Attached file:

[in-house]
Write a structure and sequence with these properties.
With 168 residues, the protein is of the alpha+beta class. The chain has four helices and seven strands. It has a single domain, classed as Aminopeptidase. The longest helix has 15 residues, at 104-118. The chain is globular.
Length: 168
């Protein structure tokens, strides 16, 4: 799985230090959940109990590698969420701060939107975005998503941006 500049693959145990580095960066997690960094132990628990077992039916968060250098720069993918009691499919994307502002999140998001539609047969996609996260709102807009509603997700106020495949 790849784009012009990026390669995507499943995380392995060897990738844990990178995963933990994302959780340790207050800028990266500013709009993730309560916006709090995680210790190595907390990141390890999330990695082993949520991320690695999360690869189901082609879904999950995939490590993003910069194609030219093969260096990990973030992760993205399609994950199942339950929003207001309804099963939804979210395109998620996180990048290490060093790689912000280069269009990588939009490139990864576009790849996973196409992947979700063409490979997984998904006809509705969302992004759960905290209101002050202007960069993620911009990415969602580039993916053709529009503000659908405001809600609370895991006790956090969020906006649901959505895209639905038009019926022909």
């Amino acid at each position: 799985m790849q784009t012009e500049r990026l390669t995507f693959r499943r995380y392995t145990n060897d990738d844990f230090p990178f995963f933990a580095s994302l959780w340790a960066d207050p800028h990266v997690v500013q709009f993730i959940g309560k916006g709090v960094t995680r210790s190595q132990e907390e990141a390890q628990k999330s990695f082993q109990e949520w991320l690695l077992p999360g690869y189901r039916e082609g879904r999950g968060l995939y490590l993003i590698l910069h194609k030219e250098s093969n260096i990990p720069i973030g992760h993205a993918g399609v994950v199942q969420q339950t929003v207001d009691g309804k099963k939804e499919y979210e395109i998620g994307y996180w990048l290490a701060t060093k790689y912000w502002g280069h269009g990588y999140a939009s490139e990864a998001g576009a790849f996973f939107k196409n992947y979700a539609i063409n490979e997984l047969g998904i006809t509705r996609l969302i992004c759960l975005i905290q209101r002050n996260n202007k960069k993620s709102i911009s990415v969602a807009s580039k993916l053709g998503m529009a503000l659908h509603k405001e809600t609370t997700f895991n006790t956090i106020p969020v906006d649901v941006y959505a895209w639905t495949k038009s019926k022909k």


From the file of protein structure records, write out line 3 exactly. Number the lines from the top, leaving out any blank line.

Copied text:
With 168 residues, the protein is of the alpha+beta class. The chain has four helices and seven strands. It has a single domain, classed as Aminopeptidase. The longest helix has 15 residues, at 104-118. The chain is globular.